Employment tenure also varies considerably across industries: the longest tenures are found in agriculture and public administration, and the shortest in financial intermediation. The wholesale and retail trade, and catering and tourism industries, are also characterized by short average tenures. Employment tenure also correlates with enterprise size: the employees of larger enterprises in the EU have significantly longer employment tenure than those in enterprises with less than ten employees.
While the share of temporary jobs has
clearly increased in most countries (only in
Denmark, Finland, and Ireland has the share of
these jobs decreased) and is very important in flow
terms (in and out of employment), many of these
jobs tend to be transformed into permanent jobs
which explains the relatively low stocks of such
employment relationships. Again, differences
between countries are important and these jobs are
strongly concentrated on young people.
Job stability is not equivalent to job security
Despite the overall picture of job stability, employment security remains an issue of concern. Looking at the relationship between an objective indicator of employment security such as tenure, and the perceived level of employment security across countries, there is only a weak correlation. In countries said to be in economic crisis, for instance Japan, the feeling of employment insecurity may be high, despite average tenure in Japan remaining one of the longest in the world. In contrast, in countries with lower tenure, but better organized social protection systems, such as Denmark or the Netherlands, perceived employment security is higher.
It seems that, if the collectivity provides for replacement incomes and for active employability measures, people have less fear of losing their jobs, despite lower employment security on the job than in other countries. According to the study, in these countries there is a trade-off between employment protection and social protection.
In countries like Denmark and the Netherlands, both labour market stability and flexibility seems to be supported by labour market institutions. Thus, workers' and employers' organizations and collective bargaining, employment security regulation and social protection all play a role, both in stabilizing the employment relationship and in permitting secure transitions between jobs, between education and work, between family responsibilities and work and between employment and retirement, and result in higher levels of employment security.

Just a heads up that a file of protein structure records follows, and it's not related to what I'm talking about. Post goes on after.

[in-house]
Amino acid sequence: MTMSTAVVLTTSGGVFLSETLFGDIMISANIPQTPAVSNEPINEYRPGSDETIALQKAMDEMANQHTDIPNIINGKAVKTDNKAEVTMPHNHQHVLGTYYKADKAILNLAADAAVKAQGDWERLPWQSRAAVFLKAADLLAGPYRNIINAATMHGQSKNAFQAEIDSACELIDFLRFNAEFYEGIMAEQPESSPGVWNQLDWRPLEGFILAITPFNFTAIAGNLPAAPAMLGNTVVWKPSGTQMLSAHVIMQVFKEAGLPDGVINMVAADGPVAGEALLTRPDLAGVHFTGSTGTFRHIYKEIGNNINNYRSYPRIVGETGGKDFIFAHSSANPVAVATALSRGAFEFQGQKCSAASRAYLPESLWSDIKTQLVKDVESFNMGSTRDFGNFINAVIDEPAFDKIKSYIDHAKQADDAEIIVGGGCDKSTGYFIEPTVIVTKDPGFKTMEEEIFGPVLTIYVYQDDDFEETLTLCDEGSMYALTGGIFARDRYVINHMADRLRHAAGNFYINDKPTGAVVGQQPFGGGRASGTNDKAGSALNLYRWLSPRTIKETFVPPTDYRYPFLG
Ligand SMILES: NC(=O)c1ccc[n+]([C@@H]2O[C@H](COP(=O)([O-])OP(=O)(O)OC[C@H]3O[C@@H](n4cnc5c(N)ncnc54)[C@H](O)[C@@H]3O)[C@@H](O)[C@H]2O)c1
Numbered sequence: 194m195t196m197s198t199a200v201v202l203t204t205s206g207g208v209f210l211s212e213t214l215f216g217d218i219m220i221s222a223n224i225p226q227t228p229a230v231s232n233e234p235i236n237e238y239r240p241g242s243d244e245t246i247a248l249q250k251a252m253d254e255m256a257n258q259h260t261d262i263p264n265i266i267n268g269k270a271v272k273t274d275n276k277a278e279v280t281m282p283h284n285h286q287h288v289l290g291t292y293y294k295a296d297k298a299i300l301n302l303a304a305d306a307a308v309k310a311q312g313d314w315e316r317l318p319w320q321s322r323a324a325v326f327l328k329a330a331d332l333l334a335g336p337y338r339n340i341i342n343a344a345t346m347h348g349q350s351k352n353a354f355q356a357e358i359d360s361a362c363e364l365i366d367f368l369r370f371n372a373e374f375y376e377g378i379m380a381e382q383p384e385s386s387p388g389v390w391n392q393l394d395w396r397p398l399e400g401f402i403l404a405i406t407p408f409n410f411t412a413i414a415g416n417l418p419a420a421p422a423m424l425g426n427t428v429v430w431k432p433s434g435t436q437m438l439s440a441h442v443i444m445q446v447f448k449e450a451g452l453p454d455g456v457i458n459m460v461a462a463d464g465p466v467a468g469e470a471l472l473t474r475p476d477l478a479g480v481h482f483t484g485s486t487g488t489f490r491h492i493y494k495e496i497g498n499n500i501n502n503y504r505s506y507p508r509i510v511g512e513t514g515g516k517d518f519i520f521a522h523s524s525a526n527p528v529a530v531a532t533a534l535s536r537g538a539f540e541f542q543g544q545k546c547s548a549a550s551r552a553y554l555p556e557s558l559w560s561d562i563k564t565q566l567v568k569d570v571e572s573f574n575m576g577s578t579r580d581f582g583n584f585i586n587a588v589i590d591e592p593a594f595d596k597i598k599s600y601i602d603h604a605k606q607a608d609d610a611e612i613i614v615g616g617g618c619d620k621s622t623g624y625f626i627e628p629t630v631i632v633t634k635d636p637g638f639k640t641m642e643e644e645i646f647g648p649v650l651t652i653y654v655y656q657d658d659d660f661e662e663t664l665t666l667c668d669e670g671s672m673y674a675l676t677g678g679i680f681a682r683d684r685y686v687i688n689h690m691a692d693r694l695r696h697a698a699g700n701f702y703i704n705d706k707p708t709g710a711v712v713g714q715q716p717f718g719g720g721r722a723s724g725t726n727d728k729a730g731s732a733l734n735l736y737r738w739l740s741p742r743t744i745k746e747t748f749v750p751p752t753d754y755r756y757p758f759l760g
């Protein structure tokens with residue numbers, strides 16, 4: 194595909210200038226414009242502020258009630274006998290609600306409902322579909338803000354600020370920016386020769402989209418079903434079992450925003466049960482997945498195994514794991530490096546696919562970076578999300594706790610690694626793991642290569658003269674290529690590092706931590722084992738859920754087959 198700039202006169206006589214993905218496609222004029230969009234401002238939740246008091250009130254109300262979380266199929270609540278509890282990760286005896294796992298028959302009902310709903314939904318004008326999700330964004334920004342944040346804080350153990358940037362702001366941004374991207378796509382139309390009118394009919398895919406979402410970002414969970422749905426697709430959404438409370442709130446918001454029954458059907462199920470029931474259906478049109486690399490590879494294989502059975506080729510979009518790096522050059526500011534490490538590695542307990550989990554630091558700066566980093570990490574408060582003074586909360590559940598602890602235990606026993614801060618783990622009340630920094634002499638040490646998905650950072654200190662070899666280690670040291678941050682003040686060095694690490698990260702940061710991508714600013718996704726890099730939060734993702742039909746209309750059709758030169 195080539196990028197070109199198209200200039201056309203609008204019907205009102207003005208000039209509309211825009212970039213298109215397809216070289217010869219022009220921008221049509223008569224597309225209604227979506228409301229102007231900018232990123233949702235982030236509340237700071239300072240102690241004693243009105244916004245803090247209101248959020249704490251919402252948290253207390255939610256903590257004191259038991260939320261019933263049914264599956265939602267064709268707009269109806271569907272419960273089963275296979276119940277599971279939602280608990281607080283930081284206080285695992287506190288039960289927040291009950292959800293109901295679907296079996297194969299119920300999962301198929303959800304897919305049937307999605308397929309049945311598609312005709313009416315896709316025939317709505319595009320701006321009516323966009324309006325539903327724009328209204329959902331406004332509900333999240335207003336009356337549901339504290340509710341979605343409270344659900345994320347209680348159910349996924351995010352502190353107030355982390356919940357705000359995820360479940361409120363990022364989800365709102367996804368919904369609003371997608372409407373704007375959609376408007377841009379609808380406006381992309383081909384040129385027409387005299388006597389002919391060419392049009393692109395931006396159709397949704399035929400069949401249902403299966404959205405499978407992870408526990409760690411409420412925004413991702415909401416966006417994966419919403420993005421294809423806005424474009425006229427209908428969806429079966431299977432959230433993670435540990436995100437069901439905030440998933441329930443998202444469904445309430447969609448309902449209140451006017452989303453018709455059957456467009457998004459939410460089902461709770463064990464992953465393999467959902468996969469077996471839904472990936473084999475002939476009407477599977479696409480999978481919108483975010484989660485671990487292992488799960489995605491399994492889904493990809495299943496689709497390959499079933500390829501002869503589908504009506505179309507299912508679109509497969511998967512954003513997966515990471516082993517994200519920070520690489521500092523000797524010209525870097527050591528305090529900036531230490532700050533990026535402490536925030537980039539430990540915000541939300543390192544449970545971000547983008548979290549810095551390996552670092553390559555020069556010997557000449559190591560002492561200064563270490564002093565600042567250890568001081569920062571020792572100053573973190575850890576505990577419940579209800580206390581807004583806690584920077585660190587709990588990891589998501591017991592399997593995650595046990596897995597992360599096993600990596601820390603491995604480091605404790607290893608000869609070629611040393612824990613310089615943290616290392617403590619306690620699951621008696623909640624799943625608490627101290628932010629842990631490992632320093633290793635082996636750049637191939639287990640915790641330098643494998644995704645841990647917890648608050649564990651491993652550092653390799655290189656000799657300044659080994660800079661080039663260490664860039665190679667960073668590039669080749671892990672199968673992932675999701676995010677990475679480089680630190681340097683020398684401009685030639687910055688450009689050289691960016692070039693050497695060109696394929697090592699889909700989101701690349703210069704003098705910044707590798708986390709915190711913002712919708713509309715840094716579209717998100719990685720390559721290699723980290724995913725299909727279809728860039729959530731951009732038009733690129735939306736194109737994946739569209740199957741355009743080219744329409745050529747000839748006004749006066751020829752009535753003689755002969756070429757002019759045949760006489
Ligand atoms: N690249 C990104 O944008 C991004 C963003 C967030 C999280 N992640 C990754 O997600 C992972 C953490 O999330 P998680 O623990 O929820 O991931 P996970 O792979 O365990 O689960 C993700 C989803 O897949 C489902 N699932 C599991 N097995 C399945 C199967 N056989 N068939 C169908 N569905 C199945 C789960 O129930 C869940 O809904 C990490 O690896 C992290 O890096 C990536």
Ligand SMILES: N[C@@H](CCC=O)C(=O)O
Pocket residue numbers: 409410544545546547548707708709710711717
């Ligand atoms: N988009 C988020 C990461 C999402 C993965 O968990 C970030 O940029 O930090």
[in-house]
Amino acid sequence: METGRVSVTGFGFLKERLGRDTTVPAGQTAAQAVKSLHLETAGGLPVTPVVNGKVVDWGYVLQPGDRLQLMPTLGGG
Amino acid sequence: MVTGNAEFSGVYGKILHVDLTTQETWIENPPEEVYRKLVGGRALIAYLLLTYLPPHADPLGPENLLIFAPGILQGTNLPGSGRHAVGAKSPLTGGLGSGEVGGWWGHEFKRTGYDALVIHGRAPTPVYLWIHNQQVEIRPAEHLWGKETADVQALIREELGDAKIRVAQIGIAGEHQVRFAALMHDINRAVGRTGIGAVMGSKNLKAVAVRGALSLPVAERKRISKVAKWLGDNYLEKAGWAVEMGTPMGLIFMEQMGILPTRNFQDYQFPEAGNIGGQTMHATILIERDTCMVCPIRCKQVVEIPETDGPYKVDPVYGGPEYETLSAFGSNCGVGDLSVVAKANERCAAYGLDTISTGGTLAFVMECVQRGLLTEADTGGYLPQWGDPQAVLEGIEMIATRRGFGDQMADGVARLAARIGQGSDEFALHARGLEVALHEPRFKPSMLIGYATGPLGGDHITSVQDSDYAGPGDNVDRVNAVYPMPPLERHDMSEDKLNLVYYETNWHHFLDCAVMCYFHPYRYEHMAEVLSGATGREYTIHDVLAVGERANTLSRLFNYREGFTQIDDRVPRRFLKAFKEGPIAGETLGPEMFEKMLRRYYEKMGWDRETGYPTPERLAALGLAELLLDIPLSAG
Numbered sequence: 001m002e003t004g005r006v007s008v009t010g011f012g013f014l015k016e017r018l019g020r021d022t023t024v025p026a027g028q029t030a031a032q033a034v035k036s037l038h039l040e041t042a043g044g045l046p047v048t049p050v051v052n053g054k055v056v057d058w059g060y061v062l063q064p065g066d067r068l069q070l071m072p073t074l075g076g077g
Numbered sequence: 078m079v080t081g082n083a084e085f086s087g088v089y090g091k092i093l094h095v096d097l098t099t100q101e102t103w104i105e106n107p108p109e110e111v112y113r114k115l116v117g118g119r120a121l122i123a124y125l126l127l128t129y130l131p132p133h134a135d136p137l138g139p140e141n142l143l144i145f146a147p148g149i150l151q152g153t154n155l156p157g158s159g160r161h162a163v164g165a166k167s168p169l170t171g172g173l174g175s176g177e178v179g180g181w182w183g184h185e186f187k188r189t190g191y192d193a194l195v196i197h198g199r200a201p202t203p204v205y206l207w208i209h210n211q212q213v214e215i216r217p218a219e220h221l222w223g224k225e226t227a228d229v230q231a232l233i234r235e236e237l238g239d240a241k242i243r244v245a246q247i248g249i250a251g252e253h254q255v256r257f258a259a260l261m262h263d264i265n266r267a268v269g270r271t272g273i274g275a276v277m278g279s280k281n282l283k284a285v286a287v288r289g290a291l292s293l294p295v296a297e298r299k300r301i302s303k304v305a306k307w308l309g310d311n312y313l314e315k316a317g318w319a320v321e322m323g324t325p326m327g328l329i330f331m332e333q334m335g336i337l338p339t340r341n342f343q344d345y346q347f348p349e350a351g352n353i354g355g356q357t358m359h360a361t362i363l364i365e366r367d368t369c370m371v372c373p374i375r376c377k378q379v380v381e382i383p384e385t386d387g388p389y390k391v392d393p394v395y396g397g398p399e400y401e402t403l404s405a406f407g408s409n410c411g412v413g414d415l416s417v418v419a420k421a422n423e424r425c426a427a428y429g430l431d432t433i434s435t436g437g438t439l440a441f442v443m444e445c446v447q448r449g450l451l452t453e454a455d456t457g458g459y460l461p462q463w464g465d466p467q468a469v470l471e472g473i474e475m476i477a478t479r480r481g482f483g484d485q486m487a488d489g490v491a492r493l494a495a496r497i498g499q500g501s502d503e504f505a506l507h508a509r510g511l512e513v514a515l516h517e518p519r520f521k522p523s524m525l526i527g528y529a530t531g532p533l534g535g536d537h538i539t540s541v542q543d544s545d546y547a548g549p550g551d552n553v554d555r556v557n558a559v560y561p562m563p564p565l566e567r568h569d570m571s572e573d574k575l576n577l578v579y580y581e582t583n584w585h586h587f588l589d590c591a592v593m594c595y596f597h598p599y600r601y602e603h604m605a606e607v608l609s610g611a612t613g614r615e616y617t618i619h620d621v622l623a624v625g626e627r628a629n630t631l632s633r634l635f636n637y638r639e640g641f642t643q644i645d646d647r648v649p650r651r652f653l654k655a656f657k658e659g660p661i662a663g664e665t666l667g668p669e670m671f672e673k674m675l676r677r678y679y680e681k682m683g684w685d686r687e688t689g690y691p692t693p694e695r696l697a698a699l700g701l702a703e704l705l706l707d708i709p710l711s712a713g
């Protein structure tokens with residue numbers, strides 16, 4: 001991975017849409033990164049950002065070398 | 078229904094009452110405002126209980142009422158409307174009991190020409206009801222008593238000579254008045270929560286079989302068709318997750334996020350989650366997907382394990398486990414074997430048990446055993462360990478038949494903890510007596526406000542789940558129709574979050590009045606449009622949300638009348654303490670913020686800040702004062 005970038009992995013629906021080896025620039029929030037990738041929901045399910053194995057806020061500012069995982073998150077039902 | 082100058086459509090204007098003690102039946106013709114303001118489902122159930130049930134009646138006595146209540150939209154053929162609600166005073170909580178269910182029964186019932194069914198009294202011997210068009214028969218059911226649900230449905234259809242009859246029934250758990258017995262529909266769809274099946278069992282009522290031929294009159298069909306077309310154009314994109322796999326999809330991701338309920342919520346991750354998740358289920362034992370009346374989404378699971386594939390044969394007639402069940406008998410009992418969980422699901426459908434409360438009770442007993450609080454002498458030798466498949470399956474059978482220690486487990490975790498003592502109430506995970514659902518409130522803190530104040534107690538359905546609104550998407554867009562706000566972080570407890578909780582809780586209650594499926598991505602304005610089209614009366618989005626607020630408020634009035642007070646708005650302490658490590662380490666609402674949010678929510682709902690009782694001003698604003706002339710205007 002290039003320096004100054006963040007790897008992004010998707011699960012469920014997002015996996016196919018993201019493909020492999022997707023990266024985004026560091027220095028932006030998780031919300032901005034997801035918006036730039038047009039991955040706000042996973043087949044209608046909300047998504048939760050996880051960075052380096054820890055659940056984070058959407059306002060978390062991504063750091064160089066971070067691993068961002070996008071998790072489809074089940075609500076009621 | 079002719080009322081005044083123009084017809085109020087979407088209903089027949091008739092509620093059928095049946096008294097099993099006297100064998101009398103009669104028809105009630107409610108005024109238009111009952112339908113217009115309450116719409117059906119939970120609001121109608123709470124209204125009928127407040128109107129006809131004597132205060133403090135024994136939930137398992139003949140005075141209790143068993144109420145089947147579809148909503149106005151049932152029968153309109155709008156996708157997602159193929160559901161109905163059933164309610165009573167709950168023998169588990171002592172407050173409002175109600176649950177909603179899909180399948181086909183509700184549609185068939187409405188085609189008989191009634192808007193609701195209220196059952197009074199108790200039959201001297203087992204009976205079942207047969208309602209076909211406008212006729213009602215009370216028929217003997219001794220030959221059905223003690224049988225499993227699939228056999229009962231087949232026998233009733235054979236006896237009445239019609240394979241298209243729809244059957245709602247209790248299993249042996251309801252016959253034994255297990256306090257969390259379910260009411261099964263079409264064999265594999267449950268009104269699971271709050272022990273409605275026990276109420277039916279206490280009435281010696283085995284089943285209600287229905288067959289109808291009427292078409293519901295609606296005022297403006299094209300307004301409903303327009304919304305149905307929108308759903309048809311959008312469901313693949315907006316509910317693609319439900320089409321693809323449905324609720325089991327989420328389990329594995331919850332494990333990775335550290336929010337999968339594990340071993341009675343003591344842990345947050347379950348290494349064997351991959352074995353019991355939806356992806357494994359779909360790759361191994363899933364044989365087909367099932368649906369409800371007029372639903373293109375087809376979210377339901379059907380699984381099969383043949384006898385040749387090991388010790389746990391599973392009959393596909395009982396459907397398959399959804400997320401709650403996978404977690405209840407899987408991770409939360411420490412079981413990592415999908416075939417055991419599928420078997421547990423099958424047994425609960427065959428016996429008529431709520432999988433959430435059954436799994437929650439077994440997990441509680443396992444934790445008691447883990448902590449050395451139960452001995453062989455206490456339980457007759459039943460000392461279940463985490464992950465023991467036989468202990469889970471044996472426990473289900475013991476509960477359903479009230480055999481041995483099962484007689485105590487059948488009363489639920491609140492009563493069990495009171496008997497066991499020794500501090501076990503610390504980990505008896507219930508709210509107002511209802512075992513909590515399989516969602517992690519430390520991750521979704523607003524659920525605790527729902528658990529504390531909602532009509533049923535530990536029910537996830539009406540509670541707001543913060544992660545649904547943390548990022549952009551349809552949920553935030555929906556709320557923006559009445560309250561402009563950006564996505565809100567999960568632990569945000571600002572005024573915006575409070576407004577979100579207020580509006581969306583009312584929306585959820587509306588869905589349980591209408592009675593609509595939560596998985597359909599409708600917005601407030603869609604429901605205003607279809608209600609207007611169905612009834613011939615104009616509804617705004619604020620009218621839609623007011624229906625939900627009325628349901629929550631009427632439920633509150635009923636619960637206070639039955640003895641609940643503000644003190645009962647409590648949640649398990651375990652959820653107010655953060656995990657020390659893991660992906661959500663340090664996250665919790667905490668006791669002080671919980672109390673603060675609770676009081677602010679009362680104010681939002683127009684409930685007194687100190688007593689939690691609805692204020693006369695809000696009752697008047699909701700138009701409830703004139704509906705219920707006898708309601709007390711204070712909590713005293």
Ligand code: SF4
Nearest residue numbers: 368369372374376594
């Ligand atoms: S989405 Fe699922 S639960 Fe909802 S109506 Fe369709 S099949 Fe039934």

"There is also a positive relationship between decent work and employment security", says the study. Employment security can be provided by stable jobs, but when recession looms and or structural changes accelerate, stable jobs become endangered.. In these situations, people need to feel confident about their social protection systems. But even in the absence of a crisis, the feeling that one is not strongly dependent on a specific job for securing an income, and that transitions are protected and other jobs are available, seems to increase perceived employment security. Perceived employment security is important for the economy as low security has a negative impact on household decisions on consumption and can accelerate an economic downswing as can be seen by the example of Japan. Thus the interaction between employment and social protection, resulting in country specific employment flexibility and security patterns, is therefore of utmost importance not only for perceived employment security on the labour market but for the whole economy.